From Warlord Games, we have three armoured vehicles, the M3 Stuart, M8/20 Scout car and the M18 Hellcat, with some details on the kits and how they can be used together to create part of an Allied force.
Note: The text below is the transcript of our unboxing video (for those who would rather read than listen).
Let’s take a look at some of the recent releases from Warlord Games, both as kits and their gaming potential.
M3 Stuart: A recent release, this is a single vehicle boxed set of the M3 Stuart tank from Warlord Games. Having previously offered this kit as a platoon deal, this may be one tank but has enough parts to be constructed in a number of ways.
This versatile light tank, nicknamed the ‘Honey’ due to its smooth ride, saw service in a number of variants and with all the main Allied powers in World War Two. The box contains parts to add sand guards for use in the desert war, a flamethrower and external fuel tanks for use in the Pacific, rounded or plate turret versions and five medium machine guns to add that extra level of anti-personnel firepower!
Serving from 1940 to 1943, the M3 tank excelled as a reconnaissance vehicle but was also used as a command vehicle and troop transport, being fielded without a turret. Being a light design, this small but mighty tank saw service even amongst the jungles of the Pacific, able to engage the Japanese troops who had very little to stop it with.
Versatile and widely used, this is a welcome addition to the arsenal of any World War Two gamer, with plenty of options to really let the modeller go to town on it. The kit also has a full set of decals for a number of Allied units and comes with Bolt Action stat cards for game use, a new innovation from Warlord Games.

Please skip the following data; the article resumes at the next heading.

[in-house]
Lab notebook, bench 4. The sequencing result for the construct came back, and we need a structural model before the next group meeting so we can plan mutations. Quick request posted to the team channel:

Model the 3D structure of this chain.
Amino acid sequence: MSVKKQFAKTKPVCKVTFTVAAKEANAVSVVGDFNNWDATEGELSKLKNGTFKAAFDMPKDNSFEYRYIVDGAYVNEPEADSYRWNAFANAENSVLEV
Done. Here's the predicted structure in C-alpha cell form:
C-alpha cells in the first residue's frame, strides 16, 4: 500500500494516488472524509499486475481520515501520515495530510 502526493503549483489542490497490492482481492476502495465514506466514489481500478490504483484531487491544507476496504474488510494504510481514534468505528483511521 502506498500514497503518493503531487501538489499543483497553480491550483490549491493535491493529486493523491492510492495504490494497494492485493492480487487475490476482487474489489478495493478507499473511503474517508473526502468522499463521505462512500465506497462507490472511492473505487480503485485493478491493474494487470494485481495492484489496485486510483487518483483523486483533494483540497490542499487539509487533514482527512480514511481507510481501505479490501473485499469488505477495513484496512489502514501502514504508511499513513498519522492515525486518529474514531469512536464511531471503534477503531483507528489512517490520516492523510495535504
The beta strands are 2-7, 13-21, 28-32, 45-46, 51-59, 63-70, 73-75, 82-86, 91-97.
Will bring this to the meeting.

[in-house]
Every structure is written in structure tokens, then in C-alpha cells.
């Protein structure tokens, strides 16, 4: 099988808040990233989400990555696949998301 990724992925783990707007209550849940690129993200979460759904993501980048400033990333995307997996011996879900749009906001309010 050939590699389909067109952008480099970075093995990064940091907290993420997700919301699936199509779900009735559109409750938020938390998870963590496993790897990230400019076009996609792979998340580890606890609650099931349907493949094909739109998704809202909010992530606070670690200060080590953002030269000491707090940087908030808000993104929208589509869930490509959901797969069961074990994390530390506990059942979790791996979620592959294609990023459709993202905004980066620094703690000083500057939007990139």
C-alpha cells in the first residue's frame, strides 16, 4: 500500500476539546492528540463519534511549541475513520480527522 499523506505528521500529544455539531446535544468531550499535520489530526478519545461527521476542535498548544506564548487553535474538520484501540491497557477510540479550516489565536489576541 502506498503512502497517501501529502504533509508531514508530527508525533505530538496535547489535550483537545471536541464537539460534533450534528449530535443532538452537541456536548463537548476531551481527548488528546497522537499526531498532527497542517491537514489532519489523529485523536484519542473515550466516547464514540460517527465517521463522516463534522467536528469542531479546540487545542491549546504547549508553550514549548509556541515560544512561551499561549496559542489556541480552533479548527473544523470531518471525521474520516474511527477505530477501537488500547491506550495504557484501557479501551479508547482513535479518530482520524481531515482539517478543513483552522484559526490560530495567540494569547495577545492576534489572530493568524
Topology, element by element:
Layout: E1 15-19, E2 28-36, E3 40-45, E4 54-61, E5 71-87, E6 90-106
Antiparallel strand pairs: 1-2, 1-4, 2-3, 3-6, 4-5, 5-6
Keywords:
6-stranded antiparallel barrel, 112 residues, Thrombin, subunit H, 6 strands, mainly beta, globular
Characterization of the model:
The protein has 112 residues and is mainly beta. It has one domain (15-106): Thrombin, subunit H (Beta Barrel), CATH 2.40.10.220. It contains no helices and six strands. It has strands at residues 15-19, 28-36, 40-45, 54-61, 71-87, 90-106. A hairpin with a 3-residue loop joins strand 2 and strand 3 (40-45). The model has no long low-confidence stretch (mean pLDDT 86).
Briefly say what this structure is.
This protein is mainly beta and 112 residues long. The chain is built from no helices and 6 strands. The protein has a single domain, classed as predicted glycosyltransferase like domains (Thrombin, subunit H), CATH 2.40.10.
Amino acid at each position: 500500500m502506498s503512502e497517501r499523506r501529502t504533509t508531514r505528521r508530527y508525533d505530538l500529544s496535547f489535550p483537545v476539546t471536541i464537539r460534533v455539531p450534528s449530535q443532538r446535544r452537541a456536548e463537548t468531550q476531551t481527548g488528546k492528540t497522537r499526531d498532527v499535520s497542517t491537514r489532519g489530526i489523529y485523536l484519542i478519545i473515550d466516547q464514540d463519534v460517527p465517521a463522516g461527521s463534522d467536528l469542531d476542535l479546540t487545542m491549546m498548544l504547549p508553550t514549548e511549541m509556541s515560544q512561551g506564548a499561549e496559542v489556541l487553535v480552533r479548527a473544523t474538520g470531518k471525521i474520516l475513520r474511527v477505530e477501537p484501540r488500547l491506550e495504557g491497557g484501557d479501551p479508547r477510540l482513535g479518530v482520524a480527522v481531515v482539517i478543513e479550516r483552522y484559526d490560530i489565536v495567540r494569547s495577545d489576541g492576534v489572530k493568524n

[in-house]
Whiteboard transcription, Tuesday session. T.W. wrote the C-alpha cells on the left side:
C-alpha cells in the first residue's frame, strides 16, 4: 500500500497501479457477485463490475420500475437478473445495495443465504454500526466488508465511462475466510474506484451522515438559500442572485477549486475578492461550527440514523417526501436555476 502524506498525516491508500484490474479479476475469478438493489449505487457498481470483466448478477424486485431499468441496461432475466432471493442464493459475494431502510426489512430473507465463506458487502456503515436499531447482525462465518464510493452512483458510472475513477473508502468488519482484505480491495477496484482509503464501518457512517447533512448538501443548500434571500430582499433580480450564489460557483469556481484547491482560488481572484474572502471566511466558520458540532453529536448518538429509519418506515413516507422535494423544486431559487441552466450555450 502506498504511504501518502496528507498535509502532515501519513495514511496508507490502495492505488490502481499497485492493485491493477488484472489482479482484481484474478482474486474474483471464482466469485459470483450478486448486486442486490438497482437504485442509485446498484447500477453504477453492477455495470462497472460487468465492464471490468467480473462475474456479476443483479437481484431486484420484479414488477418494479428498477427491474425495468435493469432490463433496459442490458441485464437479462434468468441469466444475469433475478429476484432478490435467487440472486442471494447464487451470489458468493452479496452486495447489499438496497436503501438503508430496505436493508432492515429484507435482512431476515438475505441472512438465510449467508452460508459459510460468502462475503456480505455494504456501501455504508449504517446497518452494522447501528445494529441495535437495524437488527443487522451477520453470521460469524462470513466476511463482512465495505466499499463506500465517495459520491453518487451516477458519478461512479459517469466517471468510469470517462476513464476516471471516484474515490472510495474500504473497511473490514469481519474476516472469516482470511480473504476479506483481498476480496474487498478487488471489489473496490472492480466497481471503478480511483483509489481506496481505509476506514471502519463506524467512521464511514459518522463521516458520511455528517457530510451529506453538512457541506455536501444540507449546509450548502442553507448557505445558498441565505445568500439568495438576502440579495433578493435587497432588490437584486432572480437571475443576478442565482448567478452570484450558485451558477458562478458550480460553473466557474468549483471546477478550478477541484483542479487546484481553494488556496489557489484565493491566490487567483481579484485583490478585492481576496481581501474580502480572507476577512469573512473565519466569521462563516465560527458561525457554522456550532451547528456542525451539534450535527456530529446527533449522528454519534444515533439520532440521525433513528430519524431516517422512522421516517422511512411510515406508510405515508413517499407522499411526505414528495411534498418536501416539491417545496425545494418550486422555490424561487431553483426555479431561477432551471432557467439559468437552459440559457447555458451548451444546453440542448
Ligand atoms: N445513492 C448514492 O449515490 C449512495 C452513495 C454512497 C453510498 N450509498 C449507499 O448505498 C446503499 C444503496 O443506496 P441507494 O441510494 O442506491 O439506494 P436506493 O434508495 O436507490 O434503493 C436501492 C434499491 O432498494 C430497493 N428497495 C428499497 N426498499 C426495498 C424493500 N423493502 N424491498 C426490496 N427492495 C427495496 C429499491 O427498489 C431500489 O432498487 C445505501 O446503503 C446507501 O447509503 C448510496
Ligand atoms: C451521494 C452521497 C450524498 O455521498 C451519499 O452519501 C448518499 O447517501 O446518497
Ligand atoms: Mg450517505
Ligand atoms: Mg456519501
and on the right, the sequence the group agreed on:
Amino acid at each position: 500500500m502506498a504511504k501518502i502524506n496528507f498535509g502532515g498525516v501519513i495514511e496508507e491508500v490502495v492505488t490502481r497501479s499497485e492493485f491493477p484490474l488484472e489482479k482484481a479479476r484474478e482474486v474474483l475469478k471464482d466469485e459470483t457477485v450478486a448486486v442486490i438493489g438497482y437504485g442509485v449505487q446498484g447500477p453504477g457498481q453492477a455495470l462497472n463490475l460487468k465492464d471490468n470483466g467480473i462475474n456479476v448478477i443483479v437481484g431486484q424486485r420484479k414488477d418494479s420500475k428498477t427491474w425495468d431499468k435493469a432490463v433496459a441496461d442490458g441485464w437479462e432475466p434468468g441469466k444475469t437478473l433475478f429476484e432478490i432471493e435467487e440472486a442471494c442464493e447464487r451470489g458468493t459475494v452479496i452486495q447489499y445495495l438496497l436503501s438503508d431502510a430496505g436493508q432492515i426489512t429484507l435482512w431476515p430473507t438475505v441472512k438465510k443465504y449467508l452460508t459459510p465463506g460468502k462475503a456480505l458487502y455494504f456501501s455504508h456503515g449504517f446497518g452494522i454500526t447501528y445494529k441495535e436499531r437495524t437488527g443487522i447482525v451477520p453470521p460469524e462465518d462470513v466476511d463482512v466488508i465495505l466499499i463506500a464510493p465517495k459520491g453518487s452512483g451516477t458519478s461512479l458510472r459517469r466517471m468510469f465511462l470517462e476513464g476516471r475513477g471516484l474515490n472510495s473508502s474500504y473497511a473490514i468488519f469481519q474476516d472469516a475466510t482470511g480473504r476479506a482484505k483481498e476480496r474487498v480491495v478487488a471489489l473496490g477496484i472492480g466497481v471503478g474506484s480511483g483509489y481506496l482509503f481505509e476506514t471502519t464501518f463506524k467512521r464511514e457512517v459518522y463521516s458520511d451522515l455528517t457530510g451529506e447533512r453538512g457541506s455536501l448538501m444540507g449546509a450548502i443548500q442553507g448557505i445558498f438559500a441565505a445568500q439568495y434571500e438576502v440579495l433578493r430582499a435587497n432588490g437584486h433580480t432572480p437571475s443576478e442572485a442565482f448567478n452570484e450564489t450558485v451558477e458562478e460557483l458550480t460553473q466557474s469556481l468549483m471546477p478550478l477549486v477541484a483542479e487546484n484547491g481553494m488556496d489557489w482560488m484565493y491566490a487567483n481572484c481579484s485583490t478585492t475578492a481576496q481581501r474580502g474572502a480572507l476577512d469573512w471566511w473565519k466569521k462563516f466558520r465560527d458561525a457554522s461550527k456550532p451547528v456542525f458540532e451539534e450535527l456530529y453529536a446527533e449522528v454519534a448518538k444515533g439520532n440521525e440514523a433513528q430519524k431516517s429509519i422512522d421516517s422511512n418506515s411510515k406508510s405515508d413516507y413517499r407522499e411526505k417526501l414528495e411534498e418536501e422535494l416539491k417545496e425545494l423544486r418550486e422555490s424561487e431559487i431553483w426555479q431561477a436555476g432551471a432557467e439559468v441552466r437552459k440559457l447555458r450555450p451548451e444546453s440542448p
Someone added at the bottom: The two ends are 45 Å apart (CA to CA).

M8 / M20 Scout Car: Used by both the American and British armies from its creation, the M8 Greyhound was fielded as a lightweight armoured car rather than the anti-tank role it was originally designed for. It served as a reconnaissance vehicle, racing ahead of the main armoured force and spotting the enemy’s deployment for future exploitation.
Capable of reaching speeds above 55 miles per hour on roads and fast over hardened ground, the turreted version had a 37mm gun and a co-axial .30 calibre machine gun. Tactically, they were used in pairs, and were able to get themselves out of trouble
Included in the kit is the option to create the M20 version, an open-topped vehicle most often used as a command vehicle. It mounted only a .50 calibre machine gun but also carried a bazooka for some anti-armour firepower. The kit can be modelled with open or closed hatches, comes with a driver and a full set of decals.
M18 Hellcat: The new M18 Hellcat kit from Warlord represents the fastest tracked vehicle of World War II. Designed to hunt down and destroy tanks, its armour was too thin to face off against most Axis opponents and used its speed and agility to get out of trouble. When this ‘cat was on the prowl, it relied upon those same qualities to get into the right position to use its 76mm gun to good effect.
The crew of 5 had to contend with an open-topped turret but this provided an excellent level of all-around vision. The actual kit comes with a choice of gun and mantlet options and two crew, plus has a highly detailed turret interior. There are also a set of decals that come with the kit to allow some finishing touches, plus a Bolt Action stat card and, a nice touch, a number of damage markers for use during games.
These three kits are perfect for use together in a US or Allied force, possibly as a combined reconnaissance force during a Bolt Action: Tank War game or supporting infantry during the Normandy landings or the Battle of the Bulge. Equally, they could feature in any Allied army due to Lend-Lease or even, with the Scout Car and M18 Hellcat, they could be fielded in a Post-WW2 army in South America or Africa. Great kits, with some good options and yet more evidence of an excellent partnership between Italeri and Warlord Games.